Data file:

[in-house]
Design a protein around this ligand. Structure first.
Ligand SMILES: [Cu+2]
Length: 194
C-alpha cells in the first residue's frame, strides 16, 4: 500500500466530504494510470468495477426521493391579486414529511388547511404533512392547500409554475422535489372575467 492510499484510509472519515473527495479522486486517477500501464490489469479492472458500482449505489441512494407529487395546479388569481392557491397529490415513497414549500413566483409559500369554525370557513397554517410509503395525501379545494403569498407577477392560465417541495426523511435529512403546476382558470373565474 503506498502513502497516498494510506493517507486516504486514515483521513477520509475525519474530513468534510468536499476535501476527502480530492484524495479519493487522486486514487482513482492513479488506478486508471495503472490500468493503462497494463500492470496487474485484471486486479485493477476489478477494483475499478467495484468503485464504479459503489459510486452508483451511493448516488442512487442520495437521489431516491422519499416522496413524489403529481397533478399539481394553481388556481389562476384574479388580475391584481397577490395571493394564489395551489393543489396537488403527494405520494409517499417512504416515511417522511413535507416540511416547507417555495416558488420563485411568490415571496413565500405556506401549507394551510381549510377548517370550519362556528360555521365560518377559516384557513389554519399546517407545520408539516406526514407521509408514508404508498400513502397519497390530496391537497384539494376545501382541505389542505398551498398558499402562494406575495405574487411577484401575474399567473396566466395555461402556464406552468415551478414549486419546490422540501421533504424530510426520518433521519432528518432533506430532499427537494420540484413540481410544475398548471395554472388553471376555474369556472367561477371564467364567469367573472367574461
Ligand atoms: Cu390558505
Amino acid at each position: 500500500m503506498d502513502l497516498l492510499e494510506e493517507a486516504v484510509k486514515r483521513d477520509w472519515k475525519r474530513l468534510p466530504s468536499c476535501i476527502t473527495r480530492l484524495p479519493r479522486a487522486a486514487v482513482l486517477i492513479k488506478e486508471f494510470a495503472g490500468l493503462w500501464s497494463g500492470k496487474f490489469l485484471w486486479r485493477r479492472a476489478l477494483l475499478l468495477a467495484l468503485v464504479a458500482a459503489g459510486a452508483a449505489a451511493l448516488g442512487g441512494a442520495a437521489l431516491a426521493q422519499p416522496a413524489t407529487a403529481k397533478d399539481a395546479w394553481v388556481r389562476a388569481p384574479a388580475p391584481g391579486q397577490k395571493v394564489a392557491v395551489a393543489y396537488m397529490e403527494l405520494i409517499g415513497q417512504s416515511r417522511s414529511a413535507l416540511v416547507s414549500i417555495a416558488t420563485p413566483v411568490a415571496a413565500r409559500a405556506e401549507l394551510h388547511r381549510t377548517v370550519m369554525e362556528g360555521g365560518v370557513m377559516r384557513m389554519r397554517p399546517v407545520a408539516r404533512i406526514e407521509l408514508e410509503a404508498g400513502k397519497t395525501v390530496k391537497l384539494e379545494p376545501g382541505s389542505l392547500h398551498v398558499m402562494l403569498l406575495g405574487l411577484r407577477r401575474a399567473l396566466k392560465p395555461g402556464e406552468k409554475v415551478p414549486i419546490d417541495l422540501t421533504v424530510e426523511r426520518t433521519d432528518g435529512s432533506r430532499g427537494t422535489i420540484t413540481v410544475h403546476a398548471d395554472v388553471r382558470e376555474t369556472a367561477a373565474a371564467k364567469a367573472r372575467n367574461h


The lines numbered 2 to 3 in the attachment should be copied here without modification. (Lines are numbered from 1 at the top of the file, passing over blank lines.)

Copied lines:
Design a protein around this ligand. Structure first.
Ligand SMILES: [Cu+2]